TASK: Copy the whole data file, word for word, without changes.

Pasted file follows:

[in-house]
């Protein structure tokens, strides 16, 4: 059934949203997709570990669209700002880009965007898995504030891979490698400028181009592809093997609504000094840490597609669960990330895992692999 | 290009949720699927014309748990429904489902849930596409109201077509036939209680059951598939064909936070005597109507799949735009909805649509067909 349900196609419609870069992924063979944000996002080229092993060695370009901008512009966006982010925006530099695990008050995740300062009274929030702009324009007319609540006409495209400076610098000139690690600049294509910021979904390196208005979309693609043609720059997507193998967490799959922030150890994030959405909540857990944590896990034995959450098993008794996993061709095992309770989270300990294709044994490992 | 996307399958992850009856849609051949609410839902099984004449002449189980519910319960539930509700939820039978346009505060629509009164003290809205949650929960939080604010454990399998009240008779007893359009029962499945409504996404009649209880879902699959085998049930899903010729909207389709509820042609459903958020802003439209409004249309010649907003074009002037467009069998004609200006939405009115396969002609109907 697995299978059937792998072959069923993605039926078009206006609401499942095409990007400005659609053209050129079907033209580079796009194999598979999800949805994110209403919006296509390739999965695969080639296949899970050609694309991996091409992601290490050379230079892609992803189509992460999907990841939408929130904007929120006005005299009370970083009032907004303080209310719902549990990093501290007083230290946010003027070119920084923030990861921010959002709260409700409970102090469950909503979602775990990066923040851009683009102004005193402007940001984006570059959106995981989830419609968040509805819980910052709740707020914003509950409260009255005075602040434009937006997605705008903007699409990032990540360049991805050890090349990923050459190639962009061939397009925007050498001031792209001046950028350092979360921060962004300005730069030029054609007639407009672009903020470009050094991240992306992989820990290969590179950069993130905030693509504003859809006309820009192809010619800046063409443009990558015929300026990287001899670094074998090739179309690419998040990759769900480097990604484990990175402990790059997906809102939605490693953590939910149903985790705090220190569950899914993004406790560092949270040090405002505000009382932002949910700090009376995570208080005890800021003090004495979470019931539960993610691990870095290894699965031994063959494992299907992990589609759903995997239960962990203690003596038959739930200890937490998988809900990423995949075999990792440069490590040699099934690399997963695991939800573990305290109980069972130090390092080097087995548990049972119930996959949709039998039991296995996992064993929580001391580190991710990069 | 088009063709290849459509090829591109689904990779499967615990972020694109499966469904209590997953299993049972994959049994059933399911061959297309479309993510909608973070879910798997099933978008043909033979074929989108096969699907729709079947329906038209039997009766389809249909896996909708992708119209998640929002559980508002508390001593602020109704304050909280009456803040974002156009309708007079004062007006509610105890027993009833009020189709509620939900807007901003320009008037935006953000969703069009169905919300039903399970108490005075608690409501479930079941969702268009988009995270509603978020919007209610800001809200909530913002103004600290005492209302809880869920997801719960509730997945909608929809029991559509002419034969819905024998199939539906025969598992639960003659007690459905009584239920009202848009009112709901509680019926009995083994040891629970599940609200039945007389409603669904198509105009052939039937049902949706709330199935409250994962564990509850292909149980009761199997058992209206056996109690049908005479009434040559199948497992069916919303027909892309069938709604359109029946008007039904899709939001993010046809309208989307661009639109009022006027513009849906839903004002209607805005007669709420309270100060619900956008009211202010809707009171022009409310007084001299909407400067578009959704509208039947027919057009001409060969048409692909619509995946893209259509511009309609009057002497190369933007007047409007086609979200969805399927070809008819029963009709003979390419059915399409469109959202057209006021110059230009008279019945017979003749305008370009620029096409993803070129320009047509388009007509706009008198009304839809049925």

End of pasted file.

[in-house]
């Protein structure tokens, strides 16, 4: 059934949203997709570990669209700002880009965007898995504030891979490698400028181009592809093997609504000094840490597609669960990330895992692999 | 290009949720699927014309748990429904489902849930596409109201077509036939209680059951598939064909936070005597109507799949735009909805649509067909 349900196609419609870069992924063979944000996002080229092993060695370009901008512009966006982010925006530099695990008050995740300062009274929030702009324009007319609540006409495209400076610098000139690690600049294509910021979904390196208005979309693609043609720059997507193998967490799959922030150890994030959405909540857990944590896990034995959450098993008794996993061709095992309770989270300990294709044994490992 | 996307399958992850009856849609051949609410839902099984004449002449189980519910319960539930509700939820039978346009505060629509009164003290809205949650929960939080604010454990399998009240008779007893359009029962499945409504996404009649209880879902699959085998049930899903010729909207389709509820042609459903958020802003439209409004249309010649907003074009002037467009069998004609200006939405009115396969002609109907 697995299978059937792998072959069923993605039926078009206006609401499942095409990007400005659609053209050129079907033209580079796009194999598979999800949805994110209403919006296509390739999965695969080639296949899970050609694309991996091409992601290490050379230079892609992803189509992460999907990841939408929130904007929120006005005299009370970083009032907004303080209310719902549990990093501290007083230290946010003027070119920084923030990861921010959002709260409700409970102090469950909503979602775990990066923040851009683009102004005193402007940001984006570059959106995981989830419609968040509805819980910052709740707020914003509950409260009255005075602040434009937006997605705008903007699409990032990540360049991805050890090349990923050459190639962009061939397009925007050498001031792209001046950028350092979360921060962004300005730069030029054609007639407009672009903020470009050094991240992306992989820990290969590179950069993130905030693509504003859809006309820009192809010619800046063409443009990558015929300026990287001899670094074998090739179309690419998040990759769900480097990604484990990175402990790059997906809102939605490693953590939910149903985790705090220190569950899914993004406790560092949270040090405002505000009382932002949910700090009376995570208080005890800021003090004495979470019931539960993610691990870095290894699965031994063959494992299907992990589609759903995997239960962990203690003596038959739930200890937490998988809900990423995949075999990792440069490590040699099934690399997963695991939800573990305290109980069972130090390092080097087995548990049972119930996959949709039998039991296995996992064993929580001391580190991710990069 | 088009063709290849459509090829591109689904990779499967615990972020694109499966469904209590997953299993049972994959049994059933399911061959297309479309993510909608973070879910798997099933978008043909033979074929989108096969699907729709079947329906038209039997009766389809249909896996909708992708119209998640929002559980508002508390001593602020109704304050909280009456803040974002156009309708007079004062007006509610105890027993009833009020189709509620939900807007901003320009008037935006953000969703069009169905919300039903399970108490005075608690409501479930079941969702268009988009995270509603978020919007209610800001809200909530913002103004600290005492209302809880869920997801719960509730997945909608929809029991559509002419034969819905024998199939539906025969598992639960003659007690459905009584239920009202848009009112709901509680019926009995083994040891629970599940609200039945007389409603669904198509105009052939039937049902949706709330199935409250994962564990509850292909149980009761199997058992209206056996109690049908005479009434040559199948497992069916919303027909892309069938709604359109029946008007039904899709939001993010046809309208989307661009639109009022006027513009849906839903004002209607805005007669709420309270100060619900956008009211202010809707009171022009409310007084001299909407400067578009959704509208039947027919057009001409060969048409692909619509995946893209259509511009309609009057002497190369933007007047409007086609979200969805399927070809008819029963009709003979390419059915399409469109959202057209006021110059230009008279019945017979003749305008370009620029096409993803070129320009047509388009007509706009008198009304839809049925």